Jukier to stay on

Jukier to stay on McGill University

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McGill Reporter
April 20, 2000 - Volume 32 Number 15
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Jukier to stay on

| Dean of Students Rosalie Jukier has been re-appointed to her position until May 31, 2001. Opting for what she calls a "mini-extension" rather than another five-year term, Jukier will remain at her post for another year, allowing her to "finish a number of projects."

While construction of the Brown Building, Jukier's "major mandate" when she took over as Dean of Students five years ago, is complete, another one of her projects, the development of the first-year co-ordinator's office, is still in its infancy. In an effort to help new students better "negotiate the McGill maze," Jukier has completely reformed McGill's method of orientation.

In place of what used to be a short and impersonal information session that was concerned largely with making students aware of their rights, the freshman class of 2000 will be treated to McGill's new orientation program. Led by Jukier's first year co-ordinator's office, new students will be immersed in a "one-day experience whereby [they] get faculty and services information, tours of the campus and information sessions with upper year students."

In a special effort to reach out to McGill's francophone students, Jukier has also created the position of first-year francophone facilitator to provide francophone students with "help on anything academic or social." This new post will offer workshops on essential academic skills such as note-taking, essay-writing and studying. In tandem with first-year co-ordinator Leslie Copeland, francophone facilitator Cathy Giulietti will be involved in calling new students at home in an effort to welcome them to the university. Everything has been designed, Jukier explains, to "ease the transition for first year students."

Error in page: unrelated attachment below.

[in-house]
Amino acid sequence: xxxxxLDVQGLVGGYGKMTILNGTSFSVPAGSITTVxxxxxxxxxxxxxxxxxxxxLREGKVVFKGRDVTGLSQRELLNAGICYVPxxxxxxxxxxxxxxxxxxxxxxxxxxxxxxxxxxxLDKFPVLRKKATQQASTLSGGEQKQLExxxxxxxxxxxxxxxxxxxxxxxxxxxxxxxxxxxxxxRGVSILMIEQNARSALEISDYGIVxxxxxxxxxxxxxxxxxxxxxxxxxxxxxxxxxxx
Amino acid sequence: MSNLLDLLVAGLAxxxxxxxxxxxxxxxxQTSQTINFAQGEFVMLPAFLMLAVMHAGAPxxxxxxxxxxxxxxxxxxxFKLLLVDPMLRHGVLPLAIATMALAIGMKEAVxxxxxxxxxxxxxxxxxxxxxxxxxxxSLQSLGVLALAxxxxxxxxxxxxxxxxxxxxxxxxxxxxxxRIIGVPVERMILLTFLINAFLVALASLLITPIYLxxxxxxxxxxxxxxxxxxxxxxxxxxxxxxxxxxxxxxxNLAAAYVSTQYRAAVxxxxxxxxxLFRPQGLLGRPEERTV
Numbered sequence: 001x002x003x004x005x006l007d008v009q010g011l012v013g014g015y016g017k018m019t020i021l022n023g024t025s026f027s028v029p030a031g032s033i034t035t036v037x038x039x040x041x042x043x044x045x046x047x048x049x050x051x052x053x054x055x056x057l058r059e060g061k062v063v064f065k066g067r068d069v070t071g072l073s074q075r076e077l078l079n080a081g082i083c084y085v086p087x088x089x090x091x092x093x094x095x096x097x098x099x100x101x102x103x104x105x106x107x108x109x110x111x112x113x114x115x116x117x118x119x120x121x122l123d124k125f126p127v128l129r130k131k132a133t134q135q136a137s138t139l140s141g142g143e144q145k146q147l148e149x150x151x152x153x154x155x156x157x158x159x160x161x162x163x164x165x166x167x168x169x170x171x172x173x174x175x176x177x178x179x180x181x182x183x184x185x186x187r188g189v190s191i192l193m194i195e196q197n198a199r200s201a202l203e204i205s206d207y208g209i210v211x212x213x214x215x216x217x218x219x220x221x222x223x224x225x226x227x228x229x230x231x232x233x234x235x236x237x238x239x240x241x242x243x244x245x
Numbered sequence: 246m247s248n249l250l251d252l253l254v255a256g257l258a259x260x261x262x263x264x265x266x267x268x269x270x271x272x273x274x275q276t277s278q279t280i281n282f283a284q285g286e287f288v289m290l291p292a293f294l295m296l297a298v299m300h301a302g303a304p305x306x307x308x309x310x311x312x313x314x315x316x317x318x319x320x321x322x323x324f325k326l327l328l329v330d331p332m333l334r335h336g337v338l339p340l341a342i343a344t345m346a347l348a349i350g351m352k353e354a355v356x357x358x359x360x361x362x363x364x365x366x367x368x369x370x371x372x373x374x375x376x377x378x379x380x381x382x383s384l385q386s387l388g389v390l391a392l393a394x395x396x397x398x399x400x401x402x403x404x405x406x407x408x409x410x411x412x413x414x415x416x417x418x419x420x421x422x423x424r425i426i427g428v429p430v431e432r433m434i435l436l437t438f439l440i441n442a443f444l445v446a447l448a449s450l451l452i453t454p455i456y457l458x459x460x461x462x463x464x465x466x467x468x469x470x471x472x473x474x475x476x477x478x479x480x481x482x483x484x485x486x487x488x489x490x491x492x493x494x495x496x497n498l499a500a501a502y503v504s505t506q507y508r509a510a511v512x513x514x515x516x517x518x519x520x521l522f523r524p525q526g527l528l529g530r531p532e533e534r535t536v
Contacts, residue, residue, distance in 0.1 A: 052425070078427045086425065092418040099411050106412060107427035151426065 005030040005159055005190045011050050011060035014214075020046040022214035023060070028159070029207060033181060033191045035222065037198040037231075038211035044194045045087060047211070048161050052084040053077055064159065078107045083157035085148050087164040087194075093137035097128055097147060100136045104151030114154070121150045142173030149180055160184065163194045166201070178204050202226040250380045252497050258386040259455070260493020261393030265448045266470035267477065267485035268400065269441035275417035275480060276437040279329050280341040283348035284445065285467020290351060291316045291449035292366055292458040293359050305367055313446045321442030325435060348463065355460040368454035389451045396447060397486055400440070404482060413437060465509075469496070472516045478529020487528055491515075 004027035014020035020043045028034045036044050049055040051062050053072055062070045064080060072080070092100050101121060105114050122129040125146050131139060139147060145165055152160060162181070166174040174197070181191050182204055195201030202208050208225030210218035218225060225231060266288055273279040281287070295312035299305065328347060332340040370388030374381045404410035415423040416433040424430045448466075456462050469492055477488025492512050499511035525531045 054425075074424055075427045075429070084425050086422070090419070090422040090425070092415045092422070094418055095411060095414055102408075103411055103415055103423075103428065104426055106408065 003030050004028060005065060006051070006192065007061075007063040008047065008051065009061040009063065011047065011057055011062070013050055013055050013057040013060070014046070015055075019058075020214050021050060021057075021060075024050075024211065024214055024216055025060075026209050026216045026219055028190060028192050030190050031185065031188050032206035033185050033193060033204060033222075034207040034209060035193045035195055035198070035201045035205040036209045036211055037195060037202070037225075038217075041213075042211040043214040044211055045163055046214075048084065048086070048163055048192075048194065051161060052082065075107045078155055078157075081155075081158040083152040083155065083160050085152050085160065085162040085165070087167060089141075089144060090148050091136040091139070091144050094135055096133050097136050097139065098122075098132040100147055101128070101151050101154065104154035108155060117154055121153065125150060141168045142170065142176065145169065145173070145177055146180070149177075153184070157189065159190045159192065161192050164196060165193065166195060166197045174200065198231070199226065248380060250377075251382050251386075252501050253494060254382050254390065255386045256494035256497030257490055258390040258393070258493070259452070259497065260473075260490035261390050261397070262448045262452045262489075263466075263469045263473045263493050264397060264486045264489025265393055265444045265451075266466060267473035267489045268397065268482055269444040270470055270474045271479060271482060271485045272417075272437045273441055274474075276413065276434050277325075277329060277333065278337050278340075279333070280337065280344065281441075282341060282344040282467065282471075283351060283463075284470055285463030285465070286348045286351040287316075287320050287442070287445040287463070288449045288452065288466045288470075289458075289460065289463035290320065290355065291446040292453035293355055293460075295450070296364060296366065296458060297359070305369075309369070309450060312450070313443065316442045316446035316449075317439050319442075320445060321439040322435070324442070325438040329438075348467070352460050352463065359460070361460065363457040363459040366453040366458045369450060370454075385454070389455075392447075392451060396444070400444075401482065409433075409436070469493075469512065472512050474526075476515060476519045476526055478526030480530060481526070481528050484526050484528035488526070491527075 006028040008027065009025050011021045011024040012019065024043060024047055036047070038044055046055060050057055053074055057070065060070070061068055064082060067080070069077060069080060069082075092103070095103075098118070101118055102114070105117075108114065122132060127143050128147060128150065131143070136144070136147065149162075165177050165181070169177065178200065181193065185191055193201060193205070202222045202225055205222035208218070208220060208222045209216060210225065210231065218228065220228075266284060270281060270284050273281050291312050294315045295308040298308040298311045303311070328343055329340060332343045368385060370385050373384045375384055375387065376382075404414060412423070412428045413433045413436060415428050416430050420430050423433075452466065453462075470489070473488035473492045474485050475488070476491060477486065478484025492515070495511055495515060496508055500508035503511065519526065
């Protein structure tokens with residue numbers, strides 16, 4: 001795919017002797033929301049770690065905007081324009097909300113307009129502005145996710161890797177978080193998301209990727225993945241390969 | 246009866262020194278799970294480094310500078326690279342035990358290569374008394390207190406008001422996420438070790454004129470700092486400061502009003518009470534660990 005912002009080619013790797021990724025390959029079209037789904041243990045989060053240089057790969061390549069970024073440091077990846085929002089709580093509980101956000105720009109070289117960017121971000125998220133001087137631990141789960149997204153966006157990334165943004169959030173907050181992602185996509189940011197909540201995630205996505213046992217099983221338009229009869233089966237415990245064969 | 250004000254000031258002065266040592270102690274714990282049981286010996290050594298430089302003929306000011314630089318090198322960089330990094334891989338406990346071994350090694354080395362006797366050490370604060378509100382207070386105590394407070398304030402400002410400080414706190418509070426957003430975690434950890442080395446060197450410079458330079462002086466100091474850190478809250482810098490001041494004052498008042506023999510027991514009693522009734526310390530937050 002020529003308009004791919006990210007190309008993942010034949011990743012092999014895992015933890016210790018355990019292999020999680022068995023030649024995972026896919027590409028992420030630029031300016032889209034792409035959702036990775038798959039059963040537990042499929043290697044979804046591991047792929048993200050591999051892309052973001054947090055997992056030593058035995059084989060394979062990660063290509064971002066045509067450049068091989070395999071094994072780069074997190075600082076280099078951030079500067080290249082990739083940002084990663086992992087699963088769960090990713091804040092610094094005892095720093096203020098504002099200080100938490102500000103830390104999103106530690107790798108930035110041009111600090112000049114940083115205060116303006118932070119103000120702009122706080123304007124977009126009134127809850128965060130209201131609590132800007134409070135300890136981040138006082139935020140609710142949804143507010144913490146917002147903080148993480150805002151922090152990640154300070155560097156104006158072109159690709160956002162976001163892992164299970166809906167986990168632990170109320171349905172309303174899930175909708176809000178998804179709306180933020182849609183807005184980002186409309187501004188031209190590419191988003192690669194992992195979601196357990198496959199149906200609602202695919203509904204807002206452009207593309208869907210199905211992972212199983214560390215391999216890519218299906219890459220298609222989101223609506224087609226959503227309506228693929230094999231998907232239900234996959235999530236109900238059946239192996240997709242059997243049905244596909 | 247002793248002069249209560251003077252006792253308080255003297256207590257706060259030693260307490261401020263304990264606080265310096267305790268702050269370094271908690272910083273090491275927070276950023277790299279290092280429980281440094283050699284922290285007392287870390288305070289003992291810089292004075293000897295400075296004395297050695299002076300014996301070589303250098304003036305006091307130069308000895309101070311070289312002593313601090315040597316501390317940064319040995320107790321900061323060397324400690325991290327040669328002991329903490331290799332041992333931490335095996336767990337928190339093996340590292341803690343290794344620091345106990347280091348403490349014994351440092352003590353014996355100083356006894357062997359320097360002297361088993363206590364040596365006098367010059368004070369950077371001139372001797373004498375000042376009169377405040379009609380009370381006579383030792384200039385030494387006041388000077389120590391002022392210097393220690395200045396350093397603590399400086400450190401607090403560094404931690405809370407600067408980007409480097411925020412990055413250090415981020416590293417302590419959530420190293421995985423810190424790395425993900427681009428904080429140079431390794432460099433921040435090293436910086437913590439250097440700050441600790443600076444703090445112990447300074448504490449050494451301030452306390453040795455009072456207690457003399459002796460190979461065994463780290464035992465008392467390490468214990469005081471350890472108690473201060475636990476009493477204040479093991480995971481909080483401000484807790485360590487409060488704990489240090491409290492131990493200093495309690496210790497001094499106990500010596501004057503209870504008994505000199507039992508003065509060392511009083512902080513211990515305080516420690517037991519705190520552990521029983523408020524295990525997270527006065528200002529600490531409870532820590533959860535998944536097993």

And this, she says, is what she hopes will be her legacy as dean. "I want to be remembered for the Brown Building," Jukier notes, "but I also want to be remembered for re-establishing a good relationship between students and administration. When I took over as dean," she recalls, " that relationship was not one of trust and co-operation."

Much of that has changed. "I have an enthusiastic personality and students have reacted well to that," she explains. "They saw my enthusiasm and my willingness to look forward... I love students and I'm excited about implementing new ideas. I want to be remembered as a cog in the wheel that moved [the relationship between students and administration] forward."

When this last year is up, Jukier will take a year-long sabbatical that she will use to "get [her] head back into academics." While the law professor has been teaching part-time during her tenure as dean, the demands of the job have not allowed her "the luxury of time to think lofty academic thoughts."

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